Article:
WASHINGTON, January 26 (RIA Novosti) - The United States plans to continue cooperating with Russia in spheres of mutual interest but will also keep voicing its concerns on a number of issues, the US State Department said on Friday.
“We will continue to work with Russia on as many areas as we can where we see interest in cooperation, whether they are bilateral issues, whether they are regional issues, or whether they are global issues,” State Department spokeswoman Victoria Nuland said.
“But we will also speak straight when we have disagreements, as we have, whether it was on the sovereignty and territorial integrity of Georgia, whether it was on human rights, whether it was on Syria,” she said.
The United States announced Friday that it is withdrawing from a bilateral working group on civil society issues with Russia, a move that comes amid deteriorating ties between the two countries over human rights. Nuland told a news briefing Friday that the move was prompted by what Washington sees as a crackdown by the Russian government on civil society groups, which have been subject to increasingly onerous registration requirements over the past year and are now banned from accepting financing from the United States if they engage in politics.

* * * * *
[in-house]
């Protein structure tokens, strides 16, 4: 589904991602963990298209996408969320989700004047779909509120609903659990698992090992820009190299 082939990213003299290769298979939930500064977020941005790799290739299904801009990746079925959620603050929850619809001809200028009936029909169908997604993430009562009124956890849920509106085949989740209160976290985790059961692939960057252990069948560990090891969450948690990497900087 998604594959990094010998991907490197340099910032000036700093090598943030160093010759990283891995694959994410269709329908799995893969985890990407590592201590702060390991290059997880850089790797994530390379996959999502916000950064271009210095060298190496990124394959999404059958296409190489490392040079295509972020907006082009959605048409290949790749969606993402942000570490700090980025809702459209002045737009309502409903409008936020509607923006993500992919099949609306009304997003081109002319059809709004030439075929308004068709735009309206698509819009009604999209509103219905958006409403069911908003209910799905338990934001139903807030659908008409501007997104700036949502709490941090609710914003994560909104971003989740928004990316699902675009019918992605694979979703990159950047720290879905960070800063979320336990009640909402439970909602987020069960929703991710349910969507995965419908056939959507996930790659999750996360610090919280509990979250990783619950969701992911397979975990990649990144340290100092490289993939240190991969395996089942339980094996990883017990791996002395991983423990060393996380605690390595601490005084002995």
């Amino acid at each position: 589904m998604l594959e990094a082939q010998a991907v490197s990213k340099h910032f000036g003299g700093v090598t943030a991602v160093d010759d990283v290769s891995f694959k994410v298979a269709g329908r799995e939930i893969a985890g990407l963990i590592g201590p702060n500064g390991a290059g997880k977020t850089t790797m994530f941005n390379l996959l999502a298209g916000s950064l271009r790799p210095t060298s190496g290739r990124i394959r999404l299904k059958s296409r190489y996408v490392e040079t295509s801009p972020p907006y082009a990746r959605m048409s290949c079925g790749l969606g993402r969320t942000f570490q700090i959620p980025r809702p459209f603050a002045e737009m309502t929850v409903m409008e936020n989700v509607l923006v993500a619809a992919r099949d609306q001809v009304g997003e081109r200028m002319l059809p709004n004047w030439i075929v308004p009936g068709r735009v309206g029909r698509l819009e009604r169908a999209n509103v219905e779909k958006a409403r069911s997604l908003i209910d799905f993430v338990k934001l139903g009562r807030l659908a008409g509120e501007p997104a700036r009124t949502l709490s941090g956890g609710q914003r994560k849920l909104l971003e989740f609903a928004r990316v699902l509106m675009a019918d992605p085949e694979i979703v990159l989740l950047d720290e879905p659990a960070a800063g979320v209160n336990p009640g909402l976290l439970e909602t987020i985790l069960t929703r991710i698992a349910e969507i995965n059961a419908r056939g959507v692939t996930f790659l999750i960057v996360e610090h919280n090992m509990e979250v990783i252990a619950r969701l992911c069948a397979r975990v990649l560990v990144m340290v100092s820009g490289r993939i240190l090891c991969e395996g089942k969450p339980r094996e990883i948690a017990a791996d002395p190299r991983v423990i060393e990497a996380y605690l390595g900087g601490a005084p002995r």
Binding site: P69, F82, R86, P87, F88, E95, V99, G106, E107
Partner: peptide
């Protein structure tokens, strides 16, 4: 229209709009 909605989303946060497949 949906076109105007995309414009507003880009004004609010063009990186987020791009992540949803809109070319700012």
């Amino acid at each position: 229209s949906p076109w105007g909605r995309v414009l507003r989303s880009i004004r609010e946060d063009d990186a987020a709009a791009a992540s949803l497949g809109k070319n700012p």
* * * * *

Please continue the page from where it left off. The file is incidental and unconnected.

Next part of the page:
Last year, Washington angered the Russian government by implementing the Magnitsky Act, a law introducing sanctions against Russian officials suspected of human rights abuses that was named after Sergei Magnitsky, a whistleblowing lawyer who died in a Moscow jail in 2009. Russia responded by banning US citizens from adopting Russian children and prohibiting politically active Russian NGOs from accepting financing from the United States.
Russia and Georgia severed diplomatic ties after their August 2008 war over South Ossetia. Georgia lost one-fifth of its territory after South Ossetia and another republic, Abkhazia, broke away. Moscow keeps ruling out any negotiations on the status of Abkhazia and South Ossetia, which Russia recognized as independent states.
Russia has faced heavy international criticism over its refusal to back UN sanctions against Syria, its last ally in the Arab world, over what it calls the pro-rebel bias of some resolutions proposed by Western nations. Moscow denies it is backing President Bashar Assad and says it is concerned that the Syrian president’s forced departure would only worsen the conflict. At least 60,000 people have been killed in Syria’s conflict since March 2011, according to latest UN data.
Updated to correct reference to 2008 war.
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This war would most probably not be precipitated not by direct actions of the Russian or Ukrainian governments. The more likely cause is the clash of rival armed volunteer groups on the streets of eastern Ukraine, which would lead to the progressive involvement of armed forces on either side.